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Thu, Oct 18, 2018, 12:58am (UTC -5)
Re: DS9 S3: The Die Is Cast

Teaser : ***.5, 5%

We pick up with Bashir attempting to carry on with O'Brien over a meal. Miles may be an adequate sparring partner at racquetball or darts, but the sod isn't really cut out for debates over the theatre. We learn that O'Brien's nan is would probably get along just fine with the folks in Fairhaven and that Bashir misses his enigmatic buddy. Some time has passed since he and Odo have disappeared. Miles is called to Ops to examine some crazy readings approaching the stations, and wouldn't you know it, Tain's Romulan fleet, along with a Cardassian fleet, equipped with cloaks, appears outside the station and both fleets enter the wormhole. Guess it's time for operation Lend Me Your Ears.

Act 1 : ***, 17%

In the GQ, Tain and Garak enjoy Romulan mimosas or whatever, reminiscing about the good old days, pulling teeth, torturing civilians, you know, back when Cardassia was Great™. It's actually very weird to see Garak being so relaxed and open with, well, anybody. He mentions Dukat as one of the people whose faces he's looking forward to rubbing in the dirt when they return to Cardassia, or you know, murdered. Speaking of murder, Tain tells Garak that old Mila is going to have to die, for the same reason as Tain's other protégés. What's most interesting here is that despite deliberate efforts by both men to see themselves in each other, what with their shared skills, profession, house-keepers and...other issues which we can probably guess at, Garak is quite insistent that he never betrayed Tain, while Tain doesn't really seem to care either way, provided Garak can serve his purpose. Garak pretends to be a lot of things to a lot of people, but to himself, he *pretends* to be Tain. But he isn't. Colonel Lovok, the Romulan leader, enters and reports that the fleet is (slowly) approaching its target. Oh, and Garak is expected to get Odo to give up his Changeling secrets.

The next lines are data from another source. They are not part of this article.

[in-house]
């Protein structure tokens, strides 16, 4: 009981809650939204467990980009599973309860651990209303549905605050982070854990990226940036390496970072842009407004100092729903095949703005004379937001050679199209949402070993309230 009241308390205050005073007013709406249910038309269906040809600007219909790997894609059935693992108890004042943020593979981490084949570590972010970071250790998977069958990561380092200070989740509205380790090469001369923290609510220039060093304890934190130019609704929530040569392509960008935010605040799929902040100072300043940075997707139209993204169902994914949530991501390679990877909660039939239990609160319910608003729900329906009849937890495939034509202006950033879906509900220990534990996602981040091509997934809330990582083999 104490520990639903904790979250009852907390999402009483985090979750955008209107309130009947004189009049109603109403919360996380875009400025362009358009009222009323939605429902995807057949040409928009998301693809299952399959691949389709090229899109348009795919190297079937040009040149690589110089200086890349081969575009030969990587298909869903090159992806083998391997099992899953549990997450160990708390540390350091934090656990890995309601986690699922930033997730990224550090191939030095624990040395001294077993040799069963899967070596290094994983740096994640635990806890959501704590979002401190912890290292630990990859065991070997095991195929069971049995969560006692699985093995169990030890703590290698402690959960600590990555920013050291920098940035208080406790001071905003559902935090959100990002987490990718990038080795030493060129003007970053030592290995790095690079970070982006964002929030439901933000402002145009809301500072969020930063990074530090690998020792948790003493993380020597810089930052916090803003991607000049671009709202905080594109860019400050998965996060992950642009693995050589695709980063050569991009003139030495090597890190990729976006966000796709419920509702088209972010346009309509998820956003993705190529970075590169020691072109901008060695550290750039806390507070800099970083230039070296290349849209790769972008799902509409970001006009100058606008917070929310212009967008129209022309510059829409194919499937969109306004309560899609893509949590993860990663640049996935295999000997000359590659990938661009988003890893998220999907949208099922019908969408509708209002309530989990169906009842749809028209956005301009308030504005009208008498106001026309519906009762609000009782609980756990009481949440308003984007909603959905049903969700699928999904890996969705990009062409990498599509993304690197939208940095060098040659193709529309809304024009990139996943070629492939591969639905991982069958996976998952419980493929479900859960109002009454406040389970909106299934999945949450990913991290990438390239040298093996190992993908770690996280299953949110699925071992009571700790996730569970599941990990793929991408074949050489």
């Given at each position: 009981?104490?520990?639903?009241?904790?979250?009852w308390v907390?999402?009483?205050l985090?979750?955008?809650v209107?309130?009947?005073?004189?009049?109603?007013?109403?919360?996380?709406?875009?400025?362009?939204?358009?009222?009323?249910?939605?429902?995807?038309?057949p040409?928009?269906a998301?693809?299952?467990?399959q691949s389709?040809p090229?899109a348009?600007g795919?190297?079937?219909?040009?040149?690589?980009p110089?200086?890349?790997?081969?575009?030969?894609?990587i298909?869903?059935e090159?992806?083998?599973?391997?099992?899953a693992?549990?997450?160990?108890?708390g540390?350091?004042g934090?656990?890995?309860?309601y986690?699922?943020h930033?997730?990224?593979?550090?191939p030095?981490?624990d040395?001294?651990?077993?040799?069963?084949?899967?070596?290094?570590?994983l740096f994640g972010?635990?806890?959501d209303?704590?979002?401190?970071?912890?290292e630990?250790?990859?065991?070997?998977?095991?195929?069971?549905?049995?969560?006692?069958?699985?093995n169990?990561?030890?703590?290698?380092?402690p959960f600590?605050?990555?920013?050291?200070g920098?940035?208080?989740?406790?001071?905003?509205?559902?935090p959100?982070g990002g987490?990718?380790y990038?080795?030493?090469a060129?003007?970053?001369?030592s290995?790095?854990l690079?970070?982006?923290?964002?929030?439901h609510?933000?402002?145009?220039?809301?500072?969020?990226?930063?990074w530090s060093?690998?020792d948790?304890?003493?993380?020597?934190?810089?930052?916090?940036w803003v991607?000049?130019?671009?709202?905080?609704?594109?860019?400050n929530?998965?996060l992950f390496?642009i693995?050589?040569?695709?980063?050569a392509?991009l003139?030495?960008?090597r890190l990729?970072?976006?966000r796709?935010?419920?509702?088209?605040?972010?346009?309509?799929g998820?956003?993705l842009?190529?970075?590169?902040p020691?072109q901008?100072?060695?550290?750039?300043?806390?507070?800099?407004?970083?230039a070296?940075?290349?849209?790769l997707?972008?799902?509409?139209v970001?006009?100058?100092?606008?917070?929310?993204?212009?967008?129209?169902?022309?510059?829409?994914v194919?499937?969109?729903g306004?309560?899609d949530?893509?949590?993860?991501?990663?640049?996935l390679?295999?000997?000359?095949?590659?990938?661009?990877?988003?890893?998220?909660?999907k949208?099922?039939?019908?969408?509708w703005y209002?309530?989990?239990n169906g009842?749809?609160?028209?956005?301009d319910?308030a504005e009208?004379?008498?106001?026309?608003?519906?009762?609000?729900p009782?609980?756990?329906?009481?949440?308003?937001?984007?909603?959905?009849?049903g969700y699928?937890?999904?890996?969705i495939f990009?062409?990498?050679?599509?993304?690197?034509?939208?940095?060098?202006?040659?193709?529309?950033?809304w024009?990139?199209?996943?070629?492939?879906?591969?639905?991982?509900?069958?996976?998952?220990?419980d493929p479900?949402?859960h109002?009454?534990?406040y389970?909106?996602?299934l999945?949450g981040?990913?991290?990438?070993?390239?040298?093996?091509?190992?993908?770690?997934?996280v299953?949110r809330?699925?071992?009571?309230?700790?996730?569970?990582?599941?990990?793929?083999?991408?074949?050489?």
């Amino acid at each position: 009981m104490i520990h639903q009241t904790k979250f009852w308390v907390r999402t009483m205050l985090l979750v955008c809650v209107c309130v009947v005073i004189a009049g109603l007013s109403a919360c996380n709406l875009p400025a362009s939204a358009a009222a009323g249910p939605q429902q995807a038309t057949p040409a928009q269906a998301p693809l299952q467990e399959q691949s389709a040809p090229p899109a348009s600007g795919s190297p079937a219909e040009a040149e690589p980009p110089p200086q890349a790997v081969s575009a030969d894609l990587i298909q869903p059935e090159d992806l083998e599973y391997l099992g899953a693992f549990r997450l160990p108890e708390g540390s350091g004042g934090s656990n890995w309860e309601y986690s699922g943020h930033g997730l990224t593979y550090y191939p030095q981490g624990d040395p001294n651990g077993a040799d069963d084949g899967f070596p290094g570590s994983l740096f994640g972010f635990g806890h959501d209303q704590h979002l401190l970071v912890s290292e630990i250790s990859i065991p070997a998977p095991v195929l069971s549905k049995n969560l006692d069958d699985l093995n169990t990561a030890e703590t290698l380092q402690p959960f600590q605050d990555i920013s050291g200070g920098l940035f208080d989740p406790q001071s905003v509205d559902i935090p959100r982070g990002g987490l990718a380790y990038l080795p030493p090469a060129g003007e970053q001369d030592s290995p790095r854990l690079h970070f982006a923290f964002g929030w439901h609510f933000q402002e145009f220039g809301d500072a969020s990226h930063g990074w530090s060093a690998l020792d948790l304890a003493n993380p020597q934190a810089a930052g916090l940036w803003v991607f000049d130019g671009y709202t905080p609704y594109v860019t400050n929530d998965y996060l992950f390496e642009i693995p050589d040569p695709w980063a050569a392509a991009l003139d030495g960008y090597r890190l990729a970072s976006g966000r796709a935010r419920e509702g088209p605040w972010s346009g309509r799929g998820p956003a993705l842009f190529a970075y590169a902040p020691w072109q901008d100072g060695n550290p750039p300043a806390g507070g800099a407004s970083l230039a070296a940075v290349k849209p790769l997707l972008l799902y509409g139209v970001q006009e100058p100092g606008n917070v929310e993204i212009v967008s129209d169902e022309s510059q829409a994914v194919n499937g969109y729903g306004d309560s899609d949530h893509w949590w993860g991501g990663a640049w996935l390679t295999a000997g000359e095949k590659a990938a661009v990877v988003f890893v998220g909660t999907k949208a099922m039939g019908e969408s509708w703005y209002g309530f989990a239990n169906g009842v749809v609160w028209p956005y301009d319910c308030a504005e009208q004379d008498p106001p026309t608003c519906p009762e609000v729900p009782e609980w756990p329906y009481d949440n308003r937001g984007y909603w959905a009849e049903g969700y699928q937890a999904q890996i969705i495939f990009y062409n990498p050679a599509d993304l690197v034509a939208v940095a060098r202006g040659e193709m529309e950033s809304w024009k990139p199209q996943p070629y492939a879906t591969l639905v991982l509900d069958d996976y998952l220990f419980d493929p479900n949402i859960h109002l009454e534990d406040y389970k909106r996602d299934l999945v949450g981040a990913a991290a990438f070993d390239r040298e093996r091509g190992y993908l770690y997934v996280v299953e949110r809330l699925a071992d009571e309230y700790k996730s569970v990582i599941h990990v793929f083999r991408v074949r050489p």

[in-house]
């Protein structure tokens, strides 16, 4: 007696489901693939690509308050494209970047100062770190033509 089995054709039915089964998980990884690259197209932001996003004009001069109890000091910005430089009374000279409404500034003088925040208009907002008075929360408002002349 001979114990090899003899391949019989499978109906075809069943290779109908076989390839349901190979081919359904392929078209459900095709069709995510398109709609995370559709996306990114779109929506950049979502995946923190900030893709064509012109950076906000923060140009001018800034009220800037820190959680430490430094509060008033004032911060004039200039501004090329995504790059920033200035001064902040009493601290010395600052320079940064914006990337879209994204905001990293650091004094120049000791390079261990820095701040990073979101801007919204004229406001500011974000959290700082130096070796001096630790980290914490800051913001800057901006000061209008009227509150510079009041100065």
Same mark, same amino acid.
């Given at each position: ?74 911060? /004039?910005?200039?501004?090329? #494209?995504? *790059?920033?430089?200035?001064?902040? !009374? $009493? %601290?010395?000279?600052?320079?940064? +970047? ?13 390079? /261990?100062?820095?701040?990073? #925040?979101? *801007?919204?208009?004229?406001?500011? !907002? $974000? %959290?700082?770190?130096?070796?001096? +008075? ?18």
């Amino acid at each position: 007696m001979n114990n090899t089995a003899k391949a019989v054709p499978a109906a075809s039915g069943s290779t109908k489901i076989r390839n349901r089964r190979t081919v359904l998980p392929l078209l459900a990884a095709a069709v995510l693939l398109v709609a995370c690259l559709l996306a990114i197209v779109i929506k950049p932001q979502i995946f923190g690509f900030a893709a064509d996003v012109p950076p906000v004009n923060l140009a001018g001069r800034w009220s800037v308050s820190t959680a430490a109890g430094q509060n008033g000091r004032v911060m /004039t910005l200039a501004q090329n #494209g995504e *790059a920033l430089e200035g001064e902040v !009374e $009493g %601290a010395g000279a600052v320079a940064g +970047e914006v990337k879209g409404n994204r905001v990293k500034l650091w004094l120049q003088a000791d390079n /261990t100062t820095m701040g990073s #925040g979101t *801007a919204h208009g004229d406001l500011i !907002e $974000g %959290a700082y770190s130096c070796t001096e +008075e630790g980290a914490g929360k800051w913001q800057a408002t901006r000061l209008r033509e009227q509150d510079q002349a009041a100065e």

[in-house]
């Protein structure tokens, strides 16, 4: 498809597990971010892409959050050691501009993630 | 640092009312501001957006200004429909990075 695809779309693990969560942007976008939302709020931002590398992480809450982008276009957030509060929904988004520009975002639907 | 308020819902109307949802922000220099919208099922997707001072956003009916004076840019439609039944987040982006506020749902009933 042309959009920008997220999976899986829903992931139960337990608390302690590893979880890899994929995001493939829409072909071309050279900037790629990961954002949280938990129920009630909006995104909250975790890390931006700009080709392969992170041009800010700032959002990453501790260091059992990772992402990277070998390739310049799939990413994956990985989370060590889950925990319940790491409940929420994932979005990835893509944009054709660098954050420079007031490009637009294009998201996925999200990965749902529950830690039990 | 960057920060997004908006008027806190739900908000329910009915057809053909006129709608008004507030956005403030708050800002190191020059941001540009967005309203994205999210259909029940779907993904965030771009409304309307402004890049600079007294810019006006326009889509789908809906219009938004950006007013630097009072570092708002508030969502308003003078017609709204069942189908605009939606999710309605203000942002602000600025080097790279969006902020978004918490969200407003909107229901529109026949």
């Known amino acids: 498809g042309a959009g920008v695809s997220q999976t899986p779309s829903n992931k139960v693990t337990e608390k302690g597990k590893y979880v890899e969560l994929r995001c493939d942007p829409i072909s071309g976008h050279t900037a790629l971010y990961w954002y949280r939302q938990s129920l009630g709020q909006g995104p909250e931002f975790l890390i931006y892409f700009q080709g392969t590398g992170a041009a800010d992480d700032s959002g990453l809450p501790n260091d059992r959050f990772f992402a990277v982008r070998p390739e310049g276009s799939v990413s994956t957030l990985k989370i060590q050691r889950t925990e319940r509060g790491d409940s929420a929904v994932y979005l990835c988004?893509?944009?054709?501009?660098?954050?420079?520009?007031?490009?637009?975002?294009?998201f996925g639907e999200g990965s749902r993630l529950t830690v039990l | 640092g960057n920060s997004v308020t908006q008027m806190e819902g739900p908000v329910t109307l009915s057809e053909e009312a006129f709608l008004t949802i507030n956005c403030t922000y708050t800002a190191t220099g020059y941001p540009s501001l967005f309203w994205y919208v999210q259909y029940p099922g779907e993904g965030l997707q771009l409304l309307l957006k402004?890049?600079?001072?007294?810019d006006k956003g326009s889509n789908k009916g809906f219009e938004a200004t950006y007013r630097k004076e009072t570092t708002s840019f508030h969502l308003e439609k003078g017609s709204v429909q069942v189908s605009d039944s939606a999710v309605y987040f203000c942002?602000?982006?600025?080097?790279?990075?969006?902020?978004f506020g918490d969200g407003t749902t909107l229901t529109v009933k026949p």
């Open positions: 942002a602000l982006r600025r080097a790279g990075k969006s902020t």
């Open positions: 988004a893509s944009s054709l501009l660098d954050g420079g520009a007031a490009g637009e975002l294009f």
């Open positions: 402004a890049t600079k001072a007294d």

Odo is his usual happy self, positively spitting at Garak in anger when he visits him in secured quarters. It's pretty remarkable that their verbal sparring has retained the same tenor, mixing menace and humour, despite this radical shift in power dynamics. While Garak may have the upper hand at the moment, leveraging his position to try and get Odo to talk, Odo (poor grammar notwithstanding) returns to the Julius Cæsar theme:

ODO: The only common enemy you and I share is Enabran Tain. The difference between you and I is that you don't know it.